Nobody ever left Ireland just to go to America. Pat Naughton left Ballinasloe to go to his cousin John in Roxbury, Boston. James McCurdy went from Rathlin to Lubec, Maine, for a job promised by his mother’s uncle. Father Bud Sullivan brought rakes of other Sullivans out from Allihies to work for Marcus Daly in the copper mines of Butte, Montana.
It’s an exaggeration, of course, to say there was absolutely no blind mass migration. In the hopeless years of the Famine and after, plenty of people fled, desperate to be anywhere but Ireland. And there have always been a few brave or reckless souls willing to throw themselves across the Atlantic just to see what happens.
But mass emigration, then as now, was almost always part of the accumulation of tens of thousands of individual and family decisions. Identifying and unravelling those decisions can bridge centuries and oceans and re-knit extended families. And the painstaking micro-study of migration clusters is the way to do that.
There are some excellent individual works – Bruce Elliott’s Irish Migrants in the Canadas, A New Approach, (2nd ed. McGill-Queen’s University Press 2002), which details 775 Protestant smallholder families who migrated from North Tipperary to the Ottawa Valley, is the founder of the genre and still a shining example. Peter Murphy’s Together in Exile (New Brunswick, 1990), a superb reconstruction of migration from Carlingford to Saint John, New Brunswick, is not far behind.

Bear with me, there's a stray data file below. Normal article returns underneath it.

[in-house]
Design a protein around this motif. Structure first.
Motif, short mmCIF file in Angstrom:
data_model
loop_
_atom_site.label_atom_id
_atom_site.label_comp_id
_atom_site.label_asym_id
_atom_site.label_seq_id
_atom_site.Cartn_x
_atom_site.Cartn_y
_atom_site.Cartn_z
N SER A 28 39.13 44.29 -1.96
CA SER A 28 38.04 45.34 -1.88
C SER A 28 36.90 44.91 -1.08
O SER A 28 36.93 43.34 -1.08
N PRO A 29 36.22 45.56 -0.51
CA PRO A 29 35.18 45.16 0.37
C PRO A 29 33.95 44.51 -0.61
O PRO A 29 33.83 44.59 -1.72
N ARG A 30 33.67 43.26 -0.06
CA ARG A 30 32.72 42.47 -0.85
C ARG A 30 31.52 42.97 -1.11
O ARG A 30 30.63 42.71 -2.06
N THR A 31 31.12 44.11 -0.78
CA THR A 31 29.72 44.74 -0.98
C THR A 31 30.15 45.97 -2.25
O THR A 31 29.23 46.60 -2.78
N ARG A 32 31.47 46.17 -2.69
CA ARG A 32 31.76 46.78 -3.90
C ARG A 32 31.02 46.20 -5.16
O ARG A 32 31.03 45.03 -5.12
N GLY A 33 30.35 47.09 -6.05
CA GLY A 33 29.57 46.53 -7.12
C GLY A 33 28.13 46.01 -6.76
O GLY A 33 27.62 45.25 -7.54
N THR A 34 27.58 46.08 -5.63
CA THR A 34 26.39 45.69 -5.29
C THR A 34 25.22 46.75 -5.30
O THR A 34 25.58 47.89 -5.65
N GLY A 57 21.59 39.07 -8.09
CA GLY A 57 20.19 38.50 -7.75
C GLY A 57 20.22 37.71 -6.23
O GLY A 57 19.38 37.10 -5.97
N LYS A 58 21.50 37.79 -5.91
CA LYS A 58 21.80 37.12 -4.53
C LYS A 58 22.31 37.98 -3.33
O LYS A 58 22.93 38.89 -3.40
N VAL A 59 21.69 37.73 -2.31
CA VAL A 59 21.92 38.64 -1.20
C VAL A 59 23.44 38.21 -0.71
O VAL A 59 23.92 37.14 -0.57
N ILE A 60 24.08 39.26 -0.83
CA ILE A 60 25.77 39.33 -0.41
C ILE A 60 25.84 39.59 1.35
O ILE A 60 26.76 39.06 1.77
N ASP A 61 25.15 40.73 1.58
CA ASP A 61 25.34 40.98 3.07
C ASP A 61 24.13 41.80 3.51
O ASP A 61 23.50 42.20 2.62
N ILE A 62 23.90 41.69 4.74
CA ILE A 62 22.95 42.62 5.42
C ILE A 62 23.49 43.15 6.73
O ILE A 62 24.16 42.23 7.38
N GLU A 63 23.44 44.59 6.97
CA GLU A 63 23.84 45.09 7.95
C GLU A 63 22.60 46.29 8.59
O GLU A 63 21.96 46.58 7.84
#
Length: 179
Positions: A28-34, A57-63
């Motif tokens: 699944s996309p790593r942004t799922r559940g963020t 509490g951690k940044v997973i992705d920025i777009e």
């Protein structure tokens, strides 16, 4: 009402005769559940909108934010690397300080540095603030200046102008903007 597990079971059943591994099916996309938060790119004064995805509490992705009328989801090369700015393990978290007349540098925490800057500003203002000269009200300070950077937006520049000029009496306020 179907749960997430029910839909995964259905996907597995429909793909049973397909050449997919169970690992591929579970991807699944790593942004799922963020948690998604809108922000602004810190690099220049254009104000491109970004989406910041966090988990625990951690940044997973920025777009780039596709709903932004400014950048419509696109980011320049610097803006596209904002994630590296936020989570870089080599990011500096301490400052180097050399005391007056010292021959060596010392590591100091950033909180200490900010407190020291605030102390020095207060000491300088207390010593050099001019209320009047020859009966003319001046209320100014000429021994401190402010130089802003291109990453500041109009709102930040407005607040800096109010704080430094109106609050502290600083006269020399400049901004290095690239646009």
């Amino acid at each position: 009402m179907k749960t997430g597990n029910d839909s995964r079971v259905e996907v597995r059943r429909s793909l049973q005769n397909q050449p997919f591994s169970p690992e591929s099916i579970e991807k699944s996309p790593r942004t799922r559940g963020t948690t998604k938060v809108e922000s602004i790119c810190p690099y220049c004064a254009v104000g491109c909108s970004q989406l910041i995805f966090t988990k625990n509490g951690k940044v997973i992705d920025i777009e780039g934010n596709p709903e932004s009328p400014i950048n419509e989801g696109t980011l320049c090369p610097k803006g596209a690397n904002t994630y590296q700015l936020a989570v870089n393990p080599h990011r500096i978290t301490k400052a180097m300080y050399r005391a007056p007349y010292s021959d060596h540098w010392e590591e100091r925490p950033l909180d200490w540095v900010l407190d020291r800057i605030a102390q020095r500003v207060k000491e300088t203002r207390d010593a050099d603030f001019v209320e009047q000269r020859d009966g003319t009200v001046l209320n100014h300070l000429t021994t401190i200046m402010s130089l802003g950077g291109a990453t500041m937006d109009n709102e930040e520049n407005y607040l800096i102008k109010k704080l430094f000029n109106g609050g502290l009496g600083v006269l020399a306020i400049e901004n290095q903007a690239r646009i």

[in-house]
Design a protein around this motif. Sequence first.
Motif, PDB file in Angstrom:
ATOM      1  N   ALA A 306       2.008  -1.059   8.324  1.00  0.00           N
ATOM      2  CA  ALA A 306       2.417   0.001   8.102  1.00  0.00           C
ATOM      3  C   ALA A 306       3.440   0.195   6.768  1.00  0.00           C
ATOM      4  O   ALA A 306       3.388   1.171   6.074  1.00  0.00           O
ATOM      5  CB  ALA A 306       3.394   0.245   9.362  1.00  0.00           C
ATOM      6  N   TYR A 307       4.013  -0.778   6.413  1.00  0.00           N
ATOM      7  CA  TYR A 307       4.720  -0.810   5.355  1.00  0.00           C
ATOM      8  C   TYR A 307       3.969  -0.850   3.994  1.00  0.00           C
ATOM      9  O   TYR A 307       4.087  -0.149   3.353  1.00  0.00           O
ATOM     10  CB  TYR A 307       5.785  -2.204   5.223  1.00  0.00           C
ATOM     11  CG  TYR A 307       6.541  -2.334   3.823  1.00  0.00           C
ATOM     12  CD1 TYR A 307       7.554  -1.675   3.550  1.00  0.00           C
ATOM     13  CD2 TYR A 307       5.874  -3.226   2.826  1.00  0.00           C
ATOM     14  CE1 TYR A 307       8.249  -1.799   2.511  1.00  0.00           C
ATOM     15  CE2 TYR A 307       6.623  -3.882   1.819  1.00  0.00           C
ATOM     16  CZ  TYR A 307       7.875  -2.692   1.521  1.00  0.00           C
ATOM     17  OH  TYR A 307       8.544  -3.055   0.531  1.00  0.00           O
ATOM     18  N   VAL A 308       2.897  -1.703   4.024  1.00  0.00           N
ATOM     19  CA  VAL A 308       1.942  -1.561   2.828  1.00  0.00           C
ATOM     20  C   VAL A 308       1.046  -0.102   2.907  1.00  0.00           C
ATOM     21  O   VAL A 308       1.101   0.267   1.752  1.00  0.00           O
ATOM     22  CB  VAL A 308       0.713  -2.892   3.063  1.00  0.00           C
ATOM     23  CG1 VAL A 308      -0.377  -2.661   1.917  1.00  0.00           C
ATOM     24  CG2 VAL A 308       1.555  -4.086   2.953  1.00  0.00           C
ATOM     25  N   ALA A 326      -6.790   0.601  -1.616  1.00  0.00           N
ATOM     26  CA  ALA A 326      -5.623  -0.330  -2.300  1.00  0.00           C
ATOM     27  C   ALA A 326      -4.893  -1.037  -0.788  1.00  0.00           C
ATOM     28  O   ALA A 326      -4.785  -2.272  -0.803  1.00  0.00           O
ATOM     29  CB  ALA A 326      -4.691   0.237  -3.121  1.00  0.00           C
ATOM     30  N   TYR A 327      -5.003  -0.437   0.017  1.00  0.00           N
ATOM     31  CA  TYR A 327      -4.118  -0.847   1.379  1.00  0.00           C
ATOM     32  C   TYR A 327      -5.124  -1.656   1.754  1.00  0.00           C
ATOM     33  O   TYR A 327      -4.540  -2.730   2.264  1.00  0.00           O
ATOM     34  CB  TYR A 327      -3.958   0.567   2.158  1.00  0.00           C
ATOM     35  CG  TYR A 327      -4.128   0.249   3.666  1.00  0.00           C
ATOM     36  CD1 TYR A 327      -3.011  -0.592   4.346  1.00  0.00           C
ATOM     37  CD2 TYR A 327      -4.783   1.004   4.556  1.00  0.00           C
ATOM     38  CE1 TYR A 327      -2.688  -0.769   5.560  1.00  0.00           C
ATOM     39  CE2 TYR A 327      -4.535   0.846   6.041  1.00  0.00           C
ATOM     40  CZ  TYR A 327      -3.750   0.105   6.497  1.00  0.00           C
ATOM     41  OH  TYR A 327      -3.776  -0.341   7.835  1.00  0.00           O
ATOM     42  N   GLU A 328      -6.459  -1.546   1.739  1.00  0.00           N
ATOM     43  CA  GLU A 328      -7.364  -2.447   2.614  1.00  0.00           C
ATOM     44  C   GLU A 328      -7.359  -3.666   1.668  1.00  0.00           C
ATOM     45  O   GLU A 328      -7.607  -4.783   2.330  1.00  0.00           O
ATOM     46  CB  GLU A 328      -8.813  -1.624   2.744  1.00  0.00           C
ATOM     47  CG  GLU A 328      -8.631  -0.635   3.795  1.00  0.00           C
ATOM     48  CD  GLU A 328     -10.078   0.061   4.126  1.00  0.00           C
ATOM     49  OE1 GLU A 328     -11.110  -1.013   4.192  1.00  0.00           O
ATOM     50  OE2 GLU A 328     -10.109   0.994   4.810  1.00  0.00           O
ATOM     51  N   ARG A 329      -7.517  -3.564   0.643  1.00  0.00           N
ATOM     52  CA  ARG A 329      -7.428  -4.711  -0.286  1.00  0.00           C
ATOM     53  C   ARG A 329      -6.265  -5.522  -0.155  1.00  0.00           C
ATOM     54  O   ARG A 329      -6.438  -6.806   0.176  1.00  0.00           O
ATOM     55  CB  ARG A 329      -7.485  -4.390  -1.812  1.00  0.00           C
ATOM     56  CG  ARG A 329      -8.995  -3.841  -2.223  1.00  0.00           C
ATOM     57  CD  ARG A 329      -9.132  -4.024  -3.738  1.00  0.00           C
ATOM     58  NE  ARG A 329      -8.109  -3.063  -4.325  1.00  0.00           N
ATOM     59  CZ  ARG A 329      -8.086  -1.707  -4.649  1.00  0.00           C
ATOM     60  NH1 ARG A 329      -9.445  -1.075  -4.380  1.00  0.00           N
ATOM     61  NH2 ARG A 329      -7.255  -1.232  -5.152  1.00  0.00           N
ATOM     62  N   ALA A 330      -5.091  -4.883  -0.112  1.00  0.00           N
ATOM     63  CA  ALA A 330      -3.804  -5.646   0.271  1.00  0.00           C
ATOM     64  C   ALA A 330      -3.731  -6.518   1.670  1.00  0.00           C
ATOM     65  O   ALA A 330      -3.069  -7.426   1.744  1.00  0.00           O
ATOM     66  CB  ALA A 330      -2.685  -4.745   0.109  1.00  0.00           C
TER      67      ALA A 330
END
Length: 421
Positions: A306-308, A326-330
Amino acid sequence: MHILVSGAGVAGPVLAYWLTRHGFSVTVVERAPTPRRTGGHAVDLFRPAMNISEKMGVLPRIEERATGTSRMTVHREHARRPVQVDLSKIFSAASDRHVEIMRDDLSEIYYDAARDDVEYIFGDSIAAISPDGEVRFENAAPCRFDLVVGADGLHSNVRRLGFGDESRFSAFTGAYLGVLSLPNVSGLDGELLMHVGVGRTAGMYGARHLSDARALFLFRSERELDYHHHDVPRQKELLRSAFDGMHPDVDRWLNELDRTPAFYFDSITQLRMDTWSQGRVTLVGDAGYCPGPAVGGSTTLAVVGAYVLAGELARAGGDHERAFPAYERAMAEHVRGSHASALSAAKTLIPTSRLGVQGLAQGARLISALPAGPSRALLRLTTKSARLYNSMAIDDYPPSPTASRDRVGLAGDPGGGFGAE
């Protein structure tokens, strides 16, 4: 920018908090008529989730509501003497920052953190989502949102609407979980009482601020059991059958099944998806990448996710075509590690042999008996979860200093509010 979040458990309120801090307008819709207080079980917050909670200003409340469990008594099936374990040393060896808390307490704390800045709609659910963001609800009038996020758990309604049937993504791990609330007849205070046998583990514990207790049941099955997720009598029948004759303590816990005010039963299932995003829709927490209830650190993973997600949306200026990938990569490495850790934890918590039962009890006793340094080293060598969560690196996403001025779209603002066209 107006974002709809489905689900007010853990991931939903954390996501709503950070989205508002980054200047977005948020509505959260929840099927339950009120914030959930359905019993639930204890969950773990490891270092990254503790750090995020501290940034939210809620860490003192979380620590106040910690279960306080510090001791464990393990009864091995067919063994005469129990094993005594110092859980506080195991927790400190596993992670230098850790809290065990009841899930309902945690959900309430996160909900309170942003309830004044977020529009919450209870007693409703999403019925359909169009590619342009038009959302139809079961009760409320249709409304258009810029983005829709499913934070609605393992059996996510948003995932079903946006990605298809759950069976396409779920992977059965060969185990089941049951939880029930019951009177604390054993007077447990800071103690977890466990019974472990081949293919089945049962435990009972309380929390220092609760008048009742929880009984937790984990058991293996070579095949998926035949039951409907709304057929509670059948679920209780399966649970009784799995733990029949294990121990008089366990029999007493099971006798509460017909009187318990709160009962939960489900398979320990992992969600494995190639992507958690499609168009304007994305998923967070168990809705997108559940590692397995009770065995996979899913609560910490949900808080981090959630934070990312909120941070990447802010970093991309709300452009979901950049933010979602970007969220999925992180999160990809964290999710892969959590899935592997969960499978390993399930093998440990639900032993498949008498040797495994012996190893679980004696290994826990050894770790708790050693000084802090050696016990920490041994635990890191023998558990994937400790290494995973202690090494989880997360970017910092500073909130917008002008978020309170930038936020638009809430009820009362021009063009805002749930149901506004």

As far as I’m aware, though, no central guide exists to the clustering of Irish migrant origins and destinations. Genealogical anecdotes certainly abound, with dozens of unlikely pairings: Abbeydorney to Westbury;
Kilskeery to Charlestown, Mass.; Dungarvan to Yonkers. But there is nothing systematic. Ireland Reaching Out has begun a series of migration stories, but there’s a long way to go.
In any case, if you want to have a go for your own locality, there are now some excellent online tools.
The wonderful Steve Morse (stevemorse.org) allows precise reconstruction of Ellis Island origins and destinations – have a look at bit.ly/1tYA0Cq for the 2000 people from Athlone who passed through between 1892 and 1924.
For the mid-19th century, the Boston Pilot “Missing Friends” ads (infowanted.bc.edu) supply even more circumstantial detail.
And the Irish Emigration Database at www.dippam.ac.uk/ied/ is another excellent resource, even if heavily weighted towards Ulster.
The reason for bringing all this up is two upcoming conferences that I’ll be performing speaking at. The first is a free conference run by Galway County Council’s indefatigable Heritage Officer, Marie Mannion. Entitled ‘Emigration and Our Galway County Diaspora’, it takes place in the unique setting of the Clarenbridge Oyster Festival Marquee next Thursday September 8th. More information here.
The second conference is ‘The Diaspora of the Wild Atlantic Way’, organised by the Clare Roots Society and taking place in Treacy’s West County Hotel in Ennis over two full days, September 23rd and 24th. (Brochure here)
As ever, the Society is punching well above its weight, bidding to make this the pre-eminent genealogical conference in Ireland, bringing in heavyweight international speakers and applying its usual dedication and attention to detail.
I’m certainly looking forward to it.